As I read this and reread it, I am struck by the ‘Monday morning quarterback’ approach taken by FINRA. SRO does not stand for ‘self-reporting organization’ but rather self-regulatory organization. FINRA is reporting what happened after the fact instead of having truly protected investors by investigating the sales and marketing of ARS on an ongoing basis. Hubris.

FINRA knew ARS weren’t cash or cash-like even though they were marketed in that fashion. How did FINRA know this? The NASD, FINRA’s parent organization, owned ARS and did not formally account for them as cash given the long maturities of the underlying loans. Sense on Cents highlighted this point in writing, “NASD Knew Auction Rate Securities Weren’t Cash.” Real hubris on FINRA’s part.

The ARS market did not just freeze in February 2008, as FINRA may have readers of this Annual Report believe. The ARS market was failing or freezing for a protracted period before the market totally failed and froze. This is a very important point because there was an untold amount of ARS sold and distributed during 2007 when FINRA could have and should have been protecting investors. Amazing hubris.

Why did FINRA only investigate after the fact? Itself an investor in ARS, FINRA was fully aware of how this product was improperly marketed and distributed. In fact, the sales and distribution of ARS has been designated as a fraud in federal court. FINRA’s assertion of investigating is both comical and pathetic. More hubris.

FINRA continues:

FINRA’s investigation also found evidence that each firm failed to establish and maintain a supervisory system reasonably designed to achieve compliance with the securities laws and FINRA rules with respect to the marketing and sale of ARS.

Investigation? Please, stop the madness! An investigation after a hundred billion dollar market fails is nothing more than a ‘CYA.’ A regulator regulates on an ongoing basis to prevent frauds and protect investors. FINRA failed to uphold its charge on both these fronts.

FINRA asserts:

As of May 2009, FINRA had concluded final settlements with nine firms, imposing a total of $2.6 million in fines and guaranteeing the return of more than $1.2 billion to investors. In all of our ARS investigations and settlements, FINRA’s primary goal continues to be the restoration of investors’ access to the millions of dollars they invested in ARS.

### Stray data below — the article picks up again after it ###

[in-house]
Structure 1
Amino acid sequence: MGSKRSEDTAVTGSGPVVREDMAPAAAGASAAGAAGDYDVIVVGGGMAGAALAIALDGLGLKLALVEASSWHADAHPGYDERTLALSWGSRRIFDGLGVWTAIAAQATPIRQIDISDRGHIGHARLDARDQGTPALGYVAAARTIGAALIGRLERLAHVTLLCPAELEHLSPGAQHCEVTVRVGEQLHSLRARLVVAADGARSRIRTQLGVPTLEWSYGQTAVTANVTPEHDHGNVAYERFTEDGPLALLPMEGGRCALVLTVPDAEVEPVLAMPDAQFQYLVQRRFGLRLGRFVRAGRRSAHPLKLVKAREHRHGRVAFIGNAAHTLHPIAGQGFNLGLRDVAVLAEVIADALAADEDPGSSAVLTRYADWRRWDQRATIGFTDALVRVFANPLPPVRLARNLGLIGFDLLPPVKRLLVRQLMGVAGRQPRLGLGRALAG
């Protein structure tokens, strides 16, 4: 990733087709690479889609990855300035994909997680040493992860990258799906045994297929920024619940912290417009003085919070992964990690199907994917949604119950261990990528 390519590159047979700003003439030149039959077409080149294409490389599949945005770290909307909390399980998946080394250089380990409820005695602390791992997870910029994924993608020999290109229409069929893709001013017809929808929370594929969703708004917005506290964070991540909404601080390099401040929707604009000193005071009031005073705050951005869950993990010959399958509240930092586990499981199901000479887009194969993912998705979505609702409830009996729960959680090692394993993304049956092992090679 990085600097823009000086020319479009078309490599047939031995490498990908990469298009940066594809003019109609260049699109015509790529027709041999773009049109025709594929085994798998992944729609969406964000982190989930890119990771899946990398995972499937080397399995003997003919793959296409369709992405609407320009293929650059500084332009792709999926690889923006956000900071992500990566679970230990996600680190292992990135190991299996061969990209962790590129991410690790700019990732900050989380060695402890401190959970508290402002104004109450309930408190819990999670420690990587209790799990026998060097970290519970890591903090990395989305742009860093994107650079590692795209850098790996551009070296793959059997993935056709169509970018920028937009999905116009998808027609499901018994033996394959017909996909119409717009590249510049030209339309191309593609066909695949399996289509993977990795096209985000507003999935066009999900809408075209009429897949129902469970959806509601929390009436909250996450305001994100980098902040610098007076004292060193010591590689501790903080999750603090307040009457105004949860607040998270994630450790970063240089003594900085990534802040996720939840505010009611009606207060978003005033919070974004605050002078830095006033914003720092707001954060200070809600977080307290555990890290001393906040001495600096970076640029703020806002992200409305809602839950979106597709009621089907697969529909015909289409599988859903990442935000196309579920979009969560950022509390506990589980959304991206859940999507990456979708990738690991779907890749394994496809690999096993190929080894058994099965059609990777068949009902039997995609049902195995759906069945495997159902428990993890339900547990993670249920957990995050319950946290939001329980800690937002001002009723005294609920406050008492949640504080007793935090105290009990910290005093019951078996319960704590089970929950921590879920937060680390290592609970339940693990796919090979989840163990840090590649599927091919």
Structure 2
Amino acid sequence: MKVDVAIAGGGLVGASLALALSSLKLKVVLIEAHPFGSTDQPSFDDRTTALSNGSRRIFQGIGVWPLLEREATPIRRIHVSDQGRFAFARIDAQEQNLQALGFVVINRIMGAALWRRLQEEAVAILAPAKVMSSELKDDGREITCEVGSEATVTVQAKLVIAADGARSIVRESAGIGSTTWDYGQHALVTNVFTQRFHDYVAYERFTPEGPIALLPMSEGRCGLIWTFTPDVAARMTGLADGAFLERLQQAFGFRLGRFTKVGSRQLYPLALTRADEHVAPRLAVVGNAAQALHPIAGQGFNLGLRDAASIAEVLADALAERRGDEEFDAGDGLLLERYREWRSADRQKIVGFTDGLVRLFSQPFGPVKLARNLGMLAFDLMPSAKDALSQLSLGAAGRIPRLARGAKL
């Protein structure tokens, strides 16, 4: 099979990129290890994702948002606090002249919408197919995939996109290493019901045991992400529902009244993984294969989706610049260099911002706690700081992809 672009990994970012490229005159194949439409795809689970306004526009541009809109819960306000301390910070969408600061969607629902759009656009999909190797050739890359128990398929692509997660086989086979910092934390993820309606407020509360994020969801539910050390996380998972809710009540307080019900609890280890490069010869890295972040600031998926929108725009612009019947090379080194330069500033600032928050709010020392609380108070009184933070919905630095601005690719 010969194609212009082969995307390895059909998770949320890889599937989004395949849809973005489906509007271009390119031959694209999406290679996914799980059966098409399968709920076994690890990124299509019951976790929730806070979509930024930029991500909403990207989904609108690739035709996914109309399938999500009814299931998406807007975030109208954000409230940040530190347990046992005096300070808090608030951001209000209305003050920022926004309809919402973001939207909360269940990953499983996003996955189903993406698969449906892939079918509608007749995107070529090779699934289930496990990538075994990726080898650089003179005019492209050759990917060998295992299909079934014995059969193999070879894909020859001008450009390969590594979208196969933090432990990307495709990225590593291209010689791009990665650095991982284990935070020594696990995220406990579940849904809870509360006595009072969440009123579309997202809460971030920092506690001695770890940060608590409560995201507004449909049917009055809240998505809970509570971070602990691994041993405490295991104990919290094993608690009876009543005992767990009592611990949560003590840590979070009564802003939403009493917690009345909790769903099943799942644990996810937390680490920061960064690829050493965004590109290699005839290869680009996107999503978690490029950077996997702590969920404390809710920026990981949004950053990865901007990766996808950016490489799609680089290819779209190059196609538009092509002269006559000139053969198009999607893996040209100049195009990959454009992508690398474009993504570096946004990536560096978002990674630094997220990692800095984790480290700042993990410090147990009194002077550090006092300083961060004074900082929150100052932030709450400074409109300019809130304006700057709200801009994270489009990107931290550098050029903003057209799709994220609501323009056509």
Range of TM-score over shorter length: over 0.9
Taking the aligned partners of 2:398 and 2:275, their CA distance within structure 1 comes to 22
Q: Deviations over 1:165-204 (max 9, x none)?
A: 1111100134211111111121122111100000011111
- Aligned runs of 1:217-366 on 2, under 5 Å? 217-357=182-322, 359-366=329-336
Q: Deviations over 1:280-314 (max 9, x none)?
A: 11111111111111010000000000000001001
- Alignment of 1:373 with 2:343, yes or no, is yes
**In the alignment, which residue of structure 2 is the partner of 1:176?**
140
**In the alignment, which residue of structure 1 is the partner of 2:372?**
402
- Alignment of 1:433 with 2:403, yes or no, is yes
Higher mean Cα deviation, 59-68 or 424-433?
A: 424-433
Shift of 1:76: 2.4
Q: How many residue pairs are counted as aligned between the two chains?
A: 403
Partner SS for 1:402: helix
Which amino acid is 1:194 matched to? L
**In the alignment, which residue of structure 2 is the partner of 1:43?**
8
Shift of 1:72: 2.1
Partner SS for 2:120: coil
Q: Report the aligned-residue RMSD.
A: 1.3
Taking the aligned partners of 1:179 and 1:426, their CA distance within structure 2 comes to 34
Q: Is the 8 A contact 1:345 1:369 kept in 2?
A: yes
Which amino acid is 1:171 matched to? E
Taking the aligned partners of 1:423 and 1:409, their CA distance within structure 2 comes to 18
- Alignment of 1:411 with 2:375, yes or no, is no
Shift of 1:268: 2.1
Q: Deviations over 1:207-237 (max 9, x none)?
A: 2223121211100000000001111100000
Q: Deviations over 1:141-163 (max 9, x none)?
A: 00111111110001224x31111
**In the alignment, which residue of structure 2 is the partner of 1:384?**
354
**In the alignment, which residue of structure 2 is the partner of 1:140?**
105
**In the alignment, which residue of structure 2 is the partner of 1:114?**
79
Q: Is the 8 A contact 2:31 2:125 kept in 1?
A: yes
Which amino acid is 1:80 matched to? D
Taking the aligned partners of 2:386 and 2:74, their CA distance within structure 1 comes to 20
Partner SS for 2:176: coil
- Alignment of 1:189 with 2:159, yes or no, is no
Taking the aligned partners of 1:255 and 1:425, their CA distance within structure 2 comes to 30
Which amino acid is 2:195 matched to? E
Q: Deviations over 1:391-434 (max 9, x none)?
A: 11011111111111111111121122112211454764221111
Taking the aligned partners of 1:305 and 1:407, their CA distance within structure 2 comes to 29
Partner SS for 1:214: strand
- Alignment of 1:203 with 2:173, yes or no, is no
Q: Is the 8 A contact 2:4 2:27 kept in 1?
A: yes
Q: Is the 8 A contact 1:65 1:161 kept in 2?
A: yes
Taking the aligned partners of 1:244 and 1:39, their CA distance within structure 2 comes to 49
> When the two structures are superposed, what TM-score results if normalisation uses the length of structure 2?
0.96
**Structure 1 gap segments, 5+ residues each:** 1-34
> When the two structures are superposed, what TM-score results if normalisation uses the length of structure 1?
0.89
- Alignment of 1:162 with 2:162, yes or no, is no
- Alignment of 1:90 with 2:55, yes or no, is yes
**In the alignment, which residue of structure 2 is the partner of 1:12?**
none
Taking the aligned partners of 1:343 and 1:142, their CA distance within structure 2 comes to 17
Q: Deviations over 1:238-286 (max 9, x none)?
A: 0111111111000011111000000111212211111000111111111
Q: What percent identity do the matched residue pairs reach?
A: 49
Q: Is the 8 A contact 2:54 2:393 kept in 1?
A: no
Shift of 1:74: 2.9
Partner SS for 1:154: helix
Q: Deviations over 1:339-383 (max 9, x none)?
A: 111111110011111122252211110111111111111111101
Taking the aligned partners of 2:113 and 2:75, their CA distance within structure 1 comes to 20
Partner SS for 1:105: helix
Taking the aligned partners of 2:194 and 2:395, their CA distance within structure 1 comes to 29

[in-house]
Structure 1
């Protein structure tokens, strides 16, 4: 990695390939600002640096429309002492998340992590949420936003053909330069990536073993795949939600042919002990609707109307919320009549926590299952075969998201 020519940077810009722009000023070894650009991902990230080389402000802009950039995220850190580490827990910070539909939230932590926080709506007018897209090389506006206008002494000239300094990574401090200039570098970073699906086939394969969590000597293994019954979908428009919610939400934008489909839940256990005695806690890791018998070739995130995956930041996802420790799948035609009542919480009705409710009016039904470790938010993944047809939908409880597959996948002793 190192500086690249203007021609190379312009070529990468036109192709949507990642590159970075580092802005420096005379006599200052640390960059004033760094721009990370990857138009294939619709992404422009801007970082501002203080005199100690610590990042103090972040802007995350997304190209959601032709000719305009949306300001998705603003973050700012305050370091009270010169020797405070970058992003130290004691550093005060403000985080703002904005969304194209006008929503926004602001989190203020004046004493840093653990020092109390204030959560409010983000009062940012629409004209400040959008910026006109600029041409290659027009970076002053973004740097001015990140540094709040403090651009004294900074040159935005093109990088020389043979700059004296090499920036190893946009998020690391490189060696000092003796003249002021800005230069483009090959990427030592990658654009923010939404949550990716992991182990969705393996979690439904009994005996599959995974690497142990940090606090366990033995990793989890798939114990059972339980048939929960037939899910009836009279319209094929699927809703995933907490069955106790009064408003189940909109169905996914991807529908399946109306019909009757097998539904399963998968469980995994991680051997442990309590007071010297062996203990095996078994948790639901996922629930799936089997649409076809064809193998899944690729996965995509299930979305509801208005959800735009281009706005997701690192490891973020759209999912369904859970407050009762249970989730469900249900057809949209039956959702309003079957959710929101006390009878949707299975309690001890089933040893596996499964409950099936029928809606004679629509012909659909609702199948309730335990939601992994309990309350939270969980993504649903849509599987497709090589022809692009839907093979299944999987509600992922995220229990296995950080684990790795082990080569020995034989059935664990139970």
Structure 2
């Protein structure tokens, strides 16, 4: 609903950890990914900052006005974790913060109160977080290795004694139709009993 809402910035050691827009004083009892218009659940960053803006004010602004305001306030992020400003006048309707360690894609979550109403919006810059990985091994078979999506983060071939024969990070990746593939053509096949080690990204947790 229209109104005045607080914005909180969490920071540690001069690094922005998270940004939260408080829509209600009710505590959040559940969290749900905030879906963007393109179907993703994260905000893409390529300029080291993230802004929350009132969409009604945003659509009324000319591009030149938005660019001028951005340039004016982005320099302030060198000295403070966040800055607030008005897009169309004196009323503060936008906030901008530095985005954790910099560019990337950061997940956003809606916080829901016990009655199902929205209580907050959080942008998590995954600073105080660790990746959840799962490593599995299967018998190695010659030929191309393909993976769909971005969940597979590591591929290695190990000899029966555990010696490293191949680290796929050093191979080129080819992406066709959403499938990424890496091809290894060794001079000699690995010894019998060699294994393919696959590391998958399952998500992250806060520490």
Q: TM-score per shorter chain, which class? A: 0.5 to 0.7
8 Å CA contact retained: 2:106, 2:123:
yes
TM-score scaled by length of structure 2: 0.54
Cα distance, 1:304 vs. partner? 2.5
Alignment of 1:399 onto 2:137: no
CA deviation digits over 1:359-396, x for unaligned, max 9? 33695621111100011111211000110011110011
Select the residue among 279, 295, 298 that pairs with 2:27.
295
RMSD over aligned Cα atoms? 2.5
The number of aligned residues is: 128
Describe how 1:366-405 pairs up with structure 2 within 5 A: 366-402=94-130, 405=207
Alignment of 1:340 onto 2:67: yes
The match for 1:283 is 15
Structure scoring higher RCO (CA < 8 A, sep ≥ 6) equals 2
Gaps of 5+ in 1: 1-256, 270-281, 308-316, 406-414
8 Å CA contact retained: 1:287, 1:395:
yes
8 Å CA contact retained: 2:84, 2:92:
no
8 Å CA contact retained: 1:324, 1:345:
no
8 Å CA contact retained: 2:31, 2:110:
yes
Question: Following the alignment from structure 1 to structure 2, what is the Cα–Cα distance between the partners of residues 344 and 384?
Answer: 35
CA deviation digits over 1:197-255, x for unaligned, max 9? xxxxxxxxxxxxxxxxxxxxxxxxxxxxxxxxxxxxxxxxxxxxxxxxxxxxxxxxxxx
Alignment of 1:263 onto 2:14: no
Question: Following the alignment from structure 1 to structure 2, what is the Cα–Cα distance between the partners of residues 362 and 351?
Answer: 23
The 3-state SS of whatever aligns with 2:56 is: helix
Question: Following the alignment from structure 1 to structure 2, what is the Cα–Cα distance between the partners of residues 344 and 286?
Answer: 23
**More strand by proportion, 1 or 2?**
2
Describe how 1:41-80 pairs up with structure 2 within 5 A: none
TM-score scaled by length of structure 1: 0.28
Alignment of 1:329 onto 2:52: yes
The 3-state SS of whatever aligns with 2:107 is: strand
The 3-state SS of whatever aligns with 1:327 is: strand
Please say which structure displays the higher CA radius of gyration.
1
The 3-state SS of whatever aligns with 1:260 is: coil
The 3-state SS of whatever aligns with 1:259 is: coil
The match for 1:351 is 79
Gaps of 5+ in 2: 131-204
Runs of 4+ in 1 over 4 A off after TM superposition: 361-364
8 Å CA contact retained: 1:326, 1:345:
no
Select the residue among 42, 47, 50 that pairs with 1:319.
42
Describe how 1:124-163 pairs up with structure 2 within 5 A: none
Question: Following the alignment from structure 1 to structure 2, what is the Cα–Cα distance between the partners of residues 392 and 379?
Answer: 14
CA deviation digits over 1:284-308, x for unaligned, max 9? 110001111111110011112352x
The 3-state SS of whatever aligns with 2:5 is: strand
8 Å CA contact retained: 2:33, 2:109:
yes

FINRA’s “success” rate is somewhere in the vicinity of 1% (and potentially as low as .007) of all outstanding funds remaining frozen in Auction-Rate Securities a full 16 months after the market failed. Wow! If that is not the definition of hubris, I’m missing something.

FINRA should be honest and write, “the restoration of investors’ access to the tens of billions of dollars they invested in ARS.”

FINRA’s final statement on the ARS topic concludes:

In response to these cases, FINRA launched a special arbitration procedure for investors covered by regulatory settlement agreements. The procedure provided swifter resolution at reduced cost for customers claiming consequential financial harm related to the sudden and widespread inability to liquidate ARS into cash.

Sense on Cents has heard from dozens of ARS investors who continually express frustration at the lack of assistance provided by FINRA.

Not that I expected FINRA to address their own liquidation of $647 million ARS in 2007, but the questions surrounding that sale remain unanswered and critically important to this entire ARS fiasco. Knowing that FINRA will most likely not address these questions, Sense on Cents will direct the following questions to FINRA’s Investment and Audit committees:

1. Through whom did FINRA liquidate their ARS position?

2. What price was FINRA paid for their ARS bonds?

3. What prompted them to sell their entire position at that time?

4. Did FINRA have material, non-public information of the failing ARS market and act upon it?

For our markets to be truly free, fair, and open to all investors, we need total transparency and integrity. What we do not need is a special type of hubris from a financial regulator.